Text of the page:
Heat pump question

My heat pump is only 2 years old. It is a Lennox 13 Seer and has a variable speed air handler. It has provided adequate heat for our house but the register temperature has never been higher than 86 degrees. I mentioned this to my HVAC contractor the other day and he sent out a technician to check it. THe technician slowed down the fan by 10% and the result is that my register temperature is not about 96 degrees.
I know that the outside unit can only produce a certain amount of heat energy at the coil. By slowing the fan and allowing the air to spend more time on the coil and, thus, raising the T, will the unit operate more or less efficiently. i. e. is it going to cost more or less to heat the house.
Any thoughts will be appreciated.
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If it's not about 96 degrees, what is it about? You said it provided adequate heat, but you bitched about it. The tech made the temperature of the air at the register higher. I guess you'll need to read your electric bill to figure the rest out.
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Jack wrote:

Jack;
A heat pump is considerably more efficient than other modes of heat, but it can be somewhat "drafty."
If it's heating your home adequatly, then good. If it seems drafty, try moveing the diffuser vanes at the supply register to move the air away from places where you sit. That may make it more comfortable.
--
Zyp



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Sorry, I meant to say that, after slowing the fan 10% the register temperature is now about 96 degrees
On Tue, 25 Dec 2007 13:18:08 GMT, snipped-for-privacy@NOSPAMjuno.com (Jack) wrote:

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On Wed, 26 Dec 2007 01:28:50 GMT, snipped-for-privacy@NOSPAMjuno.com (Jack) wrote:

Jack, Believe it or not we Did figure that out. Your unit temperatue should be whatever the performance charts say it should be after you have taken static pressures, temperatures, wet bulbs and superheat/subcooling readings. Its Not Rocket Science, you know? Bubba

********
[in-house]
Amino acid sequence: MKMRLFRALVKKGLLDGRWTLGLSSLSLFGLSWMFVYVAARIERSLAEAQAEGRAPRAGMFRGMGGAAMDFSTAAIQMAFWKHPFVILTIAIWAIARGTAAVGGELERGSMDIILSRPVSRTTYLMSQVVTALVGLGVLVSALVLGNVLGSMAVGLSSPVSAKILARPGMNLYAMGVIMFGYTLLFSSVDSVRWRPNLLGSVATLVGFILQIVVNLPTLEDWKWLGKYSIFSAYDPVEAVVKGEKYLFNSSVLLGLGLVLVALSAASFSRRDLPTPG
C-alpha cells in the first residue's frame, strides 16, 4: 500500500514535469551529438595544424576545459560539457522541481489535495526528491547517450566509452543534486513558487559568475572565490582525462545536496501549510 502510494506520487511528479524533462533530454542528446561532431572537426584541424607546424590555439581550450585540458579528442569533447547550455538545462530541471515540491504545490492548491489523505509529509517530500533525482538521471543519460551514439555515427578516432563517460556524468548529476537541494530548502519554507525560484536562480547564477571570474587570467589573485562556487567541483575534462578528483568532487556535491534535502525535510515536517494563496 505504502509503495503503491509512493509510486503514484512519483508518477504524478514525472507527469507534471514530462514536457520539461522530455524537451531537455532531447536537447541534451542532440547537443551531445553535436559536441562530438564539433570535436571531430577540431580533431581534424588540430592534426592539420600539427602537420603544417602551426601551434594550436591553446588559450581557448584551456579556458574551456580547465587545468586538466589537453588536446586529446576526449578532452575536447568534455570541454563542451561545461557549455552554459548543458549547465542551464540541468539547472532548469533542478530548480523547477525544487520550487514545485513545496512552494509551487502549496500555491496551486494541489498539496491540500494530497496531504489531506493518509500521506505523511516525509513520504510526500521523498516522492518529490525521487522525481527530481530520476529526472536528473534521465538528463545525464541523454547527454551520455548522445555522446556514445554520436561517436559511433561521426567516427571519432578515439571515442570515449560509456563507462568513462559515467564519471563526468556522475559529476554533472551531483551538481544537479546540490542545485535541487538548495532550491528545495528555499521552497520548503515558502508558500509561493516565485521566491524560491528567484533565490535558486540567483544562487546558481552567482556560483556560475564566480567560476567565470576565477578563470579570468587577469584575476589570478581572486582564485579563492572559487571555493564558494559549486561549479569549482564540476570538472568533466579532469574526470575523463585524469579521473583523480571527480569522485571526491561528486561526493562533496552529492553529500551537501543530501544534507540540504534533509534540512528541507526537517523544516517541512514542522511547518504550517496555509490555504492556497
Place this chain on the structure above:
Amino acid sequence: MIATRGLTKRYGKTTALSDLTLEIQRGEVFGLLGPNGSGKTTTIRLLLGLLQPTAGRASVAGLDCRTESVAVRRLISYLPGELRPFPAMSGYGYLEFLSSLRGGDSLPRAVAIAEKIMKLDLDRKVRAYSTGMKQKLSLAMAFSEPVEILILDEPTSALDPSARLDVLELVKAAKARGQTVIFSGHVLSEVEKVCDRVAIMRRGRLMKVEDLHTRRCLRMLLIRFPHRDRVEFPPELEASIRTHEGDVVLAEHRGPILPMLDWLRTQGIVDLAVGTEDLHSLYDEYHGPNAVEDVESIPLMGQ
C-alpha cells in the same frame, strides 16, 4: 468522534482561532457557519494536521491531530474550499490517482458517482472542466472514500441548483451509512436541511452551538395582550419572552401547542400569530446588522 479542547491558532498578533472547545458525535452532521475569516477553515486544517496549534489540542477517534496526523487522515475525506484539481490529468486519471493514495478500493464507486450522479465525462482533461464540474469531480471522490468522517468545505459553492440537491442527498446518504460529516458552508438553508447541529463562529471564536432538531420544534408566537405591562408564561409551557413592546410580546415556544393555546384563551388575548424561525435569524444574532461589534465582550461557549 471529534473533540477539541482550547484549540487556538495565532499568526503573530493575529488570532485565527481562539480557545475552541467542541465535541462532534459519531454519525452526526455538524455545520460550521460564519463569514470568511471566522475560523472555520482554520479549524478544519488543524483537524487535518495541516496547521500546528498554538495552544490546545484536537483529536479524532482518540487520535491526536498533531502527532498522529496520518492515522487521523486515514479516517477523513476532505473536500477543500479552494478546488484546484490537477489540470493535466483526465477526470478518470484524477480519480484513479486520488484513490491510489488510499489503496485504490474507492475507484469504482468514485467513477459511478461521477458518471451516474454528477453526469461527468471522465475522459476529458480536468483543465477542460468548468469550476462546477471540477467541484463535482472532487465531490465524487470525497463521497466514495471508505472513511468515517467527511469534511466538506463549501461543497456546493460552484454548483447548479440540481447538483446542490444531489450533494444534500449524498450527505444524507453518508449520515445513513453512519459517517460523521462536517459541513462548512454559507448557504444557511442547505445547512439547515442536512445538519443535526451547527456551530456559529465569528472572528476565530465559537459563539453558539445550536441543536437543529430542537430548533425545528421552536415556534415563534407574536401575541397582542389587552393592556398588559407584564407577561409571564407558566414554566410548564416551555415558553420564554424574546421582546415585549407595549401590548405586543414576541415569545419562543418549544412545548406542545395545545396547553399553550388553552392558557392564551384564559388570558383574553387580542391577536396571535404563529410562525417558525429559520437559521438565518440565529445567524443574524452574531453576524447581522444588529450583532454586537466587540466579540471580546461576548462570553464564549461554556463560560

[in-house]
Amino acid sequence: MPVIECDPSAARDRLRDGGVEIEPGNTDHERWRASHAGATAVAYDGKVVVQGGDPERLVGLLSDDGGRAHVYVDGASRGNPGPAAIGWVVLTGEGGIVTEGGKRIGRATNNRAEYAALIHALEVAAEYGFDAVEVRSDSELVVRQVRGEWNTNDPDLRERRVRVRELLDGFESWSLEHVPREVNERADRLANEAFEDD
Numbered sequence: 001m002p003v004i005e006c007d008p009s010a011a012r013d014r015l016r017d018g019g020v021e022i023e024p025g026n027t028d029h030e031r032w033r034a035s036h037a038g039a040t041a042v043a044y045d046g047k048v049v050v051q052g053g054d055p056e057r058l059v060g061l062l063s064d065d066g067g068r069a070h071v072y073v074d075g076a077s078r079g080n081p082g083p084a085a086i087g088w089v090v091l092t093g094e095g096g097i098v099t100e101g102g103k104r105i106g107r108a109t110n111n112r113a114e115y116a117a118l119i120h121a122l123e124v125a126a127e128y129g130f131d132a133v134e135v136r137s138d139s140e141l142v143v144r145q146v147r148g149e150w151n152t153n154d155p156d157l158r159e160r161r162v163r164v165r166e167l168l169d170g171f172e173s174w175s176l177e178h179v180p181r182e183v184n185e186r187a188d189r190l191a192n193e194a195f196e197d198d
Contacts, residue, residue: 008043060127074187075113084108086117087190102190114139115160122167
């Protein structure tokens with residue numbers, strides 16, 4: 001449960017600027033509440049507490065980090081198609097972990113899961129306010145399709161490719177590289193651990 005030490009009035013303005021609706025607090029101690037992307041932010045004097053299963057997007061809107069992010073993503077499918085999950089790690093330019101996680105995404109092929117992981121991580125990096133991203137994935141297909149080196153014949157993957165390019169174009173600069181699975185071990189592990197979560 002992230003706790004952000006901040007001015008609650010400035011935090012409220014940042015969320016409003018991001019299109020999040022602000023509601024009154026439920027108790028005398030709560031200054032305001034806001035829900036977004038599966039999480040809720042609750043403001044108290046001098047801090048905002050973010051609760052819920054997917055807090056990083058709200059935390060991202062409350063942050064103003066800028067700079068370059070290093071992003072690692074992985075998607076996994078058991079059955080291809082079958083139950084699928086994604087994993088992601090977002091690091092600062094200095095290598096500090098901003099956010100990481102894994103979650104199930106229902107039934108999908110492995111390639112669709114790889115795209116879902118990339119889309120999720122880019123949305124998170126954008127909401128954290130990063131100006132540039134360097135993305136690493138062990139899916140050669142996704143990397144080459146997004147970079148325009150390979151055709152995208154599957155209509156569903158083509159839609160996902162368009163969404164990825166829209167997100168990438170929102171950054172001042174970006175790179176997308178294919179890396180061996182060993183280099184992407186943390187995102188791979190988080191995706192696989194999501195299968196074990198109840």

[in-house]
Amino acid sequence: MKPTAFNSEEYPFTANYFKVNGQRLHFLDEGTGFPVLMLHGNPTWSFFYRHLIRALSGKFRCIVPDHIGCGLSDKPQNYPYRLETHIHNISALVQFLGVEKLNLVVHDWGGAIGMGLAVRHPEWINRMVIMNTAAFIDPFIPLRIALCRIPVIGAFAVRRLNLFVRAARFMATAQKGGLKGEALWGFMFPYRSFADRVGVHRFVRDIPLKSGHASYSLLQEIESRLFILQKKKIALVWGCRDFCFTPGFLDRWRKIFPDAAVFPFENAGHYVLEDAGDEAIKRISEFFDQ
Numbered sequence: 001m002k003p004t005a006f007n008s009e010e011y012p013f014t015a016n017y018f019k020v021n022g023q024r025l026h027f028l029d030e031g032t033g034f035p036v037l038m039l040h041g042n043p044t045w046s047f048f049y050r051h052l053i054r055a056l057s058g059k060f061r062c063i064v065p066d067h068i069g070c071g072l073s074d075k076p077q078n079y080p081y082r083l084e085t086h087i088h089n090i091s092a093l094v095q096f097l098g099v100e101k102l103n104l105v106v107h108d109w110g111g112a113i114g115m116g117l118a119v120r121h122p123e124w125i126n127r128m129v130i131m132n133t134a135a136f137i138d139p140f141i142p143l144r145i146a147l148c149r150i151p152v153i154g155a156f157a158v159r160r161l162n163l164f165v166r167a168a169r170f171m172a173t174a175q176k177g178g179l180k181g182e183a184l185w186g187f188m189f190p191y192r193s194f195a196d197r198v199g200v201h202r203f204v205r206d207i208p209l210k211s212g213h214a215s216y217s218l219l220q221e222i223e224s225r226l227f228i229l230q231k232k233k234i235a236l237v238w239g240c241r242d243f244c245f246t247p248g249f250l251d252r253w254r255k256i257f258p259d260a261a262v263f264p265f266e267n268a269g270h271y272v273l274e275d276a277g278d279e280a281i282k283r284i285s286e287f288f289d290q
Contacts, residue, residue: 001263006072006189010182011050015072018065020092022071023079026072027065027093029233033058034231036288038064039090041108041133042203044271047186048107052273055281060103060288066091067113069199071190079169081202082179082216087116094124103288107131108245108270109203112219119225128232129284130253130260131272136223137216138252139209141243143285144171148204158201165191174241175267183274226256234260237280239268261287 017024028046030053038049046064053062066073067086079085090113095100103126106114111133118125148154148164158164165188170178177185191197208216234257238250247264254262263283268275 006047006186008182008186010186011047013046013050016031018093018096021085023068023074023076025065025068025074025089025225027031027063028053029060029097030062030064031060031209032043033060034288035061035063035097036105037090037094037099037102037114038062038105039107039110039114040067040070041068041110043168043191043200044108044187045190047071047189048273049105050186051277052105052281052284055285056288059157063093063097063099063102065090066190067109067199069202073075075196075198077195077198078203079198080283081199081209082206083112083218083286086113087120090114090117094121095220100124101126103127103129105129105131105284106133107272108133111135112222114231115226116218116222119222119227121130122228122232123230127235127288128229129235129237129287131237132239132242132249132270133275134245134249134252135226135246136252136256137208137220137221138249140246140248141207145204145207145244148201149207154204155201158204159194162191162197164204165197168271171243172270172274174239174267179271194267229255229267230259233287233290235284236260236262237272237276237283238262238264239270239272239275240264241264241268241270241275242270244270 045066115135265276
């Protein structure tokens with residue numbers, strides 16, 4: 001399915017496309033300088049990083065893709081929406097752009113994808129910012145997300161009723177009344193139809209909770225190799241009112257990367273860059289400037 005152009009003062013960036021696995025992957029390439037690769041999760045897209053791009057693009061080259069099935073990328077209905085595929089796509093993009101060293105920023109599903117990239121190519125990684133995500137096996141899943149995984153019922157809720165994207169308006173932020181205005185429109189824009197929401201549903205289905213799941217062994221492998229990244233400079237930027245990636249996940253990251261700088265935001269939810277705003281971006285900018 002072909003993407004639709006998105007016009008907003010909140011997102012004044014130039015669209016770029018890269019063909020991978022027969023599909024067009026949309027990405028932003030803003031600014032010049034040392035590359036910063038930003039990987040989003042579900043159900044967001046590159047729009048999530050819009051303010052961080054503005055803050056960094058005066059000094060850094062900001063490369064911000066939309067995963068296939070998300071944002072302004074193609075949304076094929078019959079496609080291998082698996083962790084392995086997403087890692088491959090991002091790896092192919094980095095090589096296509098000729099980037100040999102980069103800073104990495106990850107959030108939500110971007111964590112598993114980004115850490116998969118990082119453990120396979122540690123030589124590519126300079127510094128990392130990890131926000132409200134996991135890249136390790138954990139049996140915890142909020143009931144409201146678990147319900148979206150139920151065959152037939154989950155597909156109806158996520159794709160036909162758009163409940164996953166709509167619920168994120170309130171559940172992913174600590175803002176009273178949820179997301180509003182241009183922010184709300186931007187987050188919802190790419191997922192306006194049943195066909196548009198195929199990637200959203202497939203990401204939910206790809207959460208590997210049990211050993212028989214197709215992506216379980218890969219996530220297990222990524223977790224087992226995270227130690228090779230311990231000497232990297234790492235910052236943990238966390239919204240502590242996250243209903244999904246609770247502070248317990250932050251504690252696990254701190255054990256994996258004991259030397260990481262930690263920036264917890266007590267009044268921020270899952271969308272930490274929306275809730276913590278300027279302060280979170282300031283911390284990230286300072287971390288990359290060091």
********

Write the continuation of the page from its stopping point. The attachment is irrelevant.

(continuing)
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Thanks for the reply. I really know nothing about all the things you mentioned. I only know that the tech slowed the fan about 10%(according to him) and the result was that the register temp has gone up from 86 degrees to 96 degrees. Do you know if the result will be more, less, or the same amount of electricity to run the unit? Any thoughts will be appreciated.
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On Thu, 27 Dec 2007 13:38:59 GMT, snipped-for-privacy@NOSPAMjuno.com (Jack) wrote:

Your register temperature will vary with the outdoor temperature, the backup heat and the things I mentioned below. I dont know if it will use more or less electricity. It doesnt matter. What you should be concerned with is that the unit is working within the designed parameters of the equipment manufacturer. Thats why you use THEIR performance charts and instructions. You need to find someone that knows how to do that and can explain it to you. Bubba

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